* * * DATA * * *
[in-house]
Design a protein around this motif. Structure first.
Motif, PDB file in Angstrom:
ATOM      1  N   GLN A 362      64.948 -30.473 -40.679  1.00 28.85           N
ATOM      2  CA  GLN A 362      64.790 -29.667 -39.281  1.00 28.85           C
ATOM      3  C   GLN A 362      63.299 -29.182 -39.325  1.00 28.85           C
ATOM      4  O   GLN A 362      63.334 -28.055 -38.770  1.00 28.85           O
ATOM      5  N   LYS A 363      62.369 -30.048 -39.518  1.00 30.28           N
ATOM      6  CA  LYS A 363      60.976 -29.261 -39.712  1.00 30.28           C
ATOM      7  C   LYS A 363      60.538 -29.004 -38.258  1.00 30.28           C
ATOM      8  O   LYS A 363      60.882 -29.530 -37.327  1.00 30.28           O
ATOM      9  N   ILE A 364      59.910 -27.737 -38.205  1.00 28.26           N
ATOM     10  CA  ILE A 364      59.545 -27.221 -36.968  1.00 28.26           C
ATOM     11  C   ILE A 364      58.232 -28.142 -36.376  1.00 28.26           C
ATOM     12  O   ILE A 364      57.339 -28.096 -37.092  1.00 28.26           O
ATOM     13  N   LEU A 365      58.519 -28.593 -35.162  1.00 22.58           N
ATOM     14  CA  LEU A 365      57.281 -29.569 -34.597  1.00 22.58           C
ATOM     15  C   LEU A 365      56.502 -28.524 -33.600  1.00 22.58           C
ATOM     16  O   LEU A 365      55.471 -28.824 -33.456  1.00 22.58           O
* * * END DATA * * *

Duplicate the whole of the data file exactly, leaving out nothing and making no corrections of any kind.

[in-house]
Design a protein around this motif. Structure first.
Motif, PDB file in Angstrom:
ATOM      1  N   GLN A 362      64.948 -30.473 -40.679  1.00 28.85           N
ATOM      2  CA  GLN A 362      64.790 -29.667 -39.281  1.00 28.85           C
ATOM      3  C   GLN A 362      63.299 -29.182 -39.325  1.00 28.85           C
ATOM      4  O   GLN A 362      63.334 -28.055 -38.770  1.00 28.85           O
ATOM      5  N   LYS A 363      62.369 -30.048 -39.518  1.00 30.28           N
ATOM      6  CA  LYS A 363      60.976 -29.261 -39.712  1.00 30.28           C
ATOM      7  C   LYS A 363      60.538 -29.004 -38.258  1.00 30.28           C
ATOM      8  O   LYS A 363      60.882 -29.530 -37.327  1.00 30.28           O
ATOM      9  N   ILE A 364      59.910 -27.737 -38.205  1.00 28.26           N
ATOM     10  CA  ILE A 364      59.545 -27.221 -36.968  1.00 28.26           C
ATOM     11  C   ILE A 364      58.232 -28.142 -36.376  1.00 28.26           C
ATOM     12  O   ILE A 364      57.339 -28.096 -37.092  1.00 28.26           O
ATOM     13  N   LEU A 365      58.519 -28.593 -35.162  1.00 22.58           N
ATOM     14  CA  LEU A 365      57.281 -29.569 -34.597  1.00 22.58           C
ATOM     15  C   LEU A 365      56.502 -28.524 -33.600  1.00 22.58           C
ATOM     16  O   LEU A 365      55.471 -28.824 -33.456  1.00 22.58           O